Other than these new capabilities, the BlackBerry Pearl retains many of the same features that has made BlackBerrys popular, such as e-mail. The smart phone can sync with your company's BlackBerry Enterprise server with support for Microsoft Exchange, IBM Lotus Domino, or Novell GroupWise to deliver corporate e-mail in real time. It also supports up to 10 personal/business POP3 or IMAP4 e-mail accounts. There's a setup wizard onboard to help with this process, and we used it to get our AT&T Yahoo account set up on the device. It was quick and easy, and we were soon receiving messages on the Pearl, sometimes even before they had showed up in our in-box on the computer. Other messaging options include text and multimedia messages, and we're glad to see the inclusion of popular instant-messaging clients, such as Yahoo, AOL, MSN, and ICQ.
For mobile professionals, an attachment viewer opens popular file formats, such as Microsoft Word, Excel, PowerPoint, Corel WordPerfect, PDF, JPEG, GIF, and more. You can also view tracked changes and embedded images and zoom and rotate documents, but you can't edit documents out of the box, though third-party software is available that allows this functionality. Other applications on the Pearl include a calendar, a Web browser, a tasks list, a memo pad, an alarm, a password keeper, and a calculator.
As a phone, the address book is limited only by the available memory, which tops out at 64MB flash memory (the SIM card holds an additional 250 contacts). For each entry, you can store up to eight numbers, work and home addresses, e-mail and Web addresses, company information, and notes. For caller ID purposes, you can assign a photo to a contact as well as a group category, business or personal. The BlackBerry Pearl now supports voice dialing, so you can use voice commands to call up contacts and dial numbers. In addition, Bluetooth 2.0 is onboard for wireless headsets, car kits, and desktop connectivity. Though RIM has said it plans to add Wi-Fi to future devices, the Pearl does not have integrated Wi-Fi. Fortunately, you can surf the Web using T-Mobile's EDGE network. We tested the quad-band (GSM 850/900/1800/1900; EDGE) RIM BlackBerry Pearl in San Francisco using T-Mobile service, and call quality wasn't quite up to snuff. On our end, callers sounded a bit muffled, while our friends said though they could hear us clearly, our voice sounded a bit digitized. We could still carry on a conversation, but it just wasn't the same crystal-clear quality we've experienced with other BlackBerrys, such as the BlackBerry 7130c. Activating the speakerphone didn't help matters either. There was an echo on both ends of the conversation, though volume was adequate. On the upside, we had no problems pairing the Pearl with the Logitech Mobile Traveller Bluetooth headset.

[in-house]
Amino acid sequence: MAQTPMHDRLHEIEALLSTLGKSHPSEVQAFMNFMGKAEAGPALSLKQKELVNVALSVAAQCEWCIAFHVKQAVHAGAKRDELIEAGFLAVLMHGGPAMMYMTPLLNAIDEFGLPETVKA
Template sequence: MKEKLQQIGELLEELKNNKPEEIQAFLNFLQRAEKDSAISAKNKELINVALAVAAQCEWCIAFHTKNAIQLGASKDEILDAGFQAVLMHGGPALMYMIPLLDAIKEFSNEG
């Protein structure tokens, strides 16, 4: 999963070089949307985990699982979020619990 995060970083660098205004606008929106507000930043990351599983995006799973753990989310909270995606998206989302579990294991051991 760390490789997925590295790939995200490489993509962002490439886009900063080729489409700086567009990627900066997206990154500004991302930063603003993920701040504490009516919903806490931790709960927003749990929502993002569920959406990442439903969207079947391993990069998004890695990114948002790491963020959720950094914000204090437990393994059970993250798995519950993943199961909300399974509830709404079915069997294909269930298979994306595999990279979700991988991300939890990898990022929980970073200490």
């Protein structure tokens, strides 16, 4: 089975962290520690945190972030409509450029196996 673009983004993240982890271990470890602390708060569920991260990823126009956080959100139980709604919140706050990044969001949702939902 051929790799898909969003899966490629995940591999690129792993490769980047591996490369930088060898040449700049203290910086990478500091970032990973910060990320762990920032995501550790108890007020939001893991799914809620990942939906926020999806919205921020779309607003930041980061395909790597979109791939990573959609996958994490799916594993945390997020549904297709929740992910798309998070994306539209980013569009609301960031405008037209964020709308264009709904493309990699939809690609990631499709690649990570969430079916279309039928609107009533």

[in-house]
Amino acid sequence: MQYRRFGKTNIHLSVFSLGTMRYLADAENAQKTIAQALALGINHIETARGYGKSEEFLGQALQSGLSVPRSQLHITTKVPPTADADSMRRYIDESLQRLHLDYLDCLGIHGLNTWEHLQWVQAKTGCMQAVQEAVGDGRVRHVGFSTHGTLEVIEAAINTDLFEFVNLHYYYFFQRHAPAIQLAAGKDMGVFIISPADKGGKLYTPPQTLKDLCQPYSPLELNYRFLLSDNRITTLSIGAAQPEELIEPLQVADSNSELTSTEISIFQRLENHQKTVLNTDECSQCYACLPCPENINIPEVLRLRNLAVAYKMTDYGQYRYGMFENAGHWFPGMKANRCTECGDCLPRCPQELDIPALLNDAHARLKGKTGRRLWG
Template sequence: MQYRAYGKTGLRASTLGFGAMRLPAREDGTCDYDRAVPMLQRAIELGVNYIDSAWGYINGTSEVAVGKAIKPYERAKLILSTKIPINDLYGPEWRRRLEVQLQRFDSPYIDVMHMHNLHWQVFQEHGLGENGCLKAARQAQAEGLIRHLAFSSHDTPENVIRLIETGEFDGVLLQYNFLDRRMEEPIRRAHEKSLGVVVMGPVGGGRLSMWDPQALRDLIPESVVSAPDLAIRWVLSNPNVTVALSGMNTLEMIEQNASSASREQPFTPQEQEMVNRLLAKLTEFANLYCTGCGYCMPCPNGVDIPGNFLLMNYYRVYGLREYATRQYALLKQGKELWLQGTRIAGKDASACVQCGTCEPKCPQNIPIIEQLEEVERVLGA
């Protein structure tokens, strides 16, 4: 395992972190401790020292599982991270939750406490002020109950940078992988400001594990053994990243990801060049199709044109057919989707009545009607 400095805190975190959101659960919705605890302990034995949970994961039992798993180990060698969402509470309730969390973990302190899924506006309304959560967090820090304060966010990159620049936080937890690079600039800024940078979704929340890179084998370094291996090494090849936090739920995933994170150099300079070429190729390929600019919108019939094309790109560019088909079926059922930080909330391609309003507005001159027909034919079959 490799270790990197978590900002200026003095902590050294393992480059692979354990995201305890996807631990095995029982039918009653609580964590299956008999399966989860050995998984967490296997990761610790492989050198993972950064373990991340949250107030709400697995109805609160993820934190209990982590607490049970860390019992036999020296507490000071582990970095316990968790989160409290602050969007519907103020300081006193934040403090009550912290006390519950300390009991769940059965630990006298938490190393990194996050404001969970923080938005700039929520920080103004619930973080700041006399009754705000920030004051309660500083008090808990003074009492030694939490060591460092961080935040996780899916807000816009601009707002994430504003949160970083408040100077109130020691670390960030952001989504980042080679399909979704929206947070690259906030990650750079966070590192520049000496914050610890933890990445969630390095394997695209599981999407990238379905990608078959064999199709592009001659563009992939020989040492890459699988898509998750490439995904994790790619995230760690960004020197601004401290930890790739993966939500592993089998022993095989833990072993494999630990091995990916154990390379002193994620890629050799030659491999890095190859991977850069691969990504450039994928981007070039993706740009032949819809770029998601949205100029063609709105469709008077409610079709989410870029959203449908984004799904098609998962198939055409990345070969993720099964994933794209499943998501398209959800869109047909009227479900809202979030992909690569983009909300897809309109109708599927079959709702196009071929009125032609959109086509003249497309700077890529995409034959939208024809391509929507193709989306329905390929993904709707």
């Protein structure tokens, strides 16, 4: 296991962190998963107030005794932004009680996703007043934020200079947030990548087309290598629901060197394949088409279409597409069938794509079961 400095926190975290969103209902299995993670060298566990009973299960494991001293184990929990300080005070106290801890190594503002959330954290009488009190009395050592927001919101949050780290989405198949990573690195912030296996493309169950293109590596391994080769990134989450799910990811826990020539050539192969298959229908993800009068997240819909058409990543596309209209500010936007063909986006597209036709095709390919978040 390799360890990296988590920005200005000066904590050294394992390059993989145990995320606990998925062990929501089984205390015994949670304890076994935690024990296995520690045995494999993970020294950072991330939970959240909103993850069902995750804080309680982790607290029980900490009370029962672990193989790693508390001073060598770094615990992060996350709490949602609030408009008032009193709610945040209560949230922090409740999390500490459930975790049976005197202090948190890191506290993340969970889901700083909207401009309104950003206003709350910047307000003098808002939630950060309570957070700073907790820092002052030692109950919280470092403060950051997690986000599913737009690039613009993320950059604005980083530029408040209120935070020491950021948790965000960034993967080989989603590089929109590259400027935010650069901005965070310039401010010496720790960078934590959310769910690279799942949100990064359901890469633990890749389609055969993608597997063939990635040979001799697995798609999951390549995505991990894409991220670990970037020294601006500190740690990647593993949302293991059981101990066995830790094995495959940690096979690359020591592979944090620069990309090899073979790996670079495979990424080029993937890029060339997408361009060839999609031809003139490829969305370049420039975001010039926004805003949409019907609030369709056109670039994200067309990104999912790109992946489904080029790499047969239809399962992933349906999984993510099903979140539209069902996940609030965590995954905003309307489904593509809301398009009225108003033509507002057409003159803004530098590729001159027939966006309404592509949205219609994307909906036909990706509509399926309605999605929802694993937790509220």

Music playback was OK. The Pearl's speakers weren't the best for listening to songs, as it produced some background hiss when we cranked up the volume. Plugging in the included earbuds helped the situation a bit. Also, be aware that the headset jack doesn't accept Walkman-style headphones. We were blown away by the video performance of the Pearl. We watched a number of clips and never got that pixelated, blurry effect that often plagues the video performance on mobile devices. Overall, the device was pretty responsive. We didn't experience too much lag time when launching programs or switching between apps. We did notice, however, that the Pearl didn't have sufficient memory to activate the camera while we still had the video player open.
The BlackBerry Pearl is rated for 3.5 hours of talk time and up to 15 days of standby time. In our tests, we were able to get 5.8 hours of talk time. RIM also says the Pearl's battery can last up to 21 hours with just music playback and 6 hours for video playback.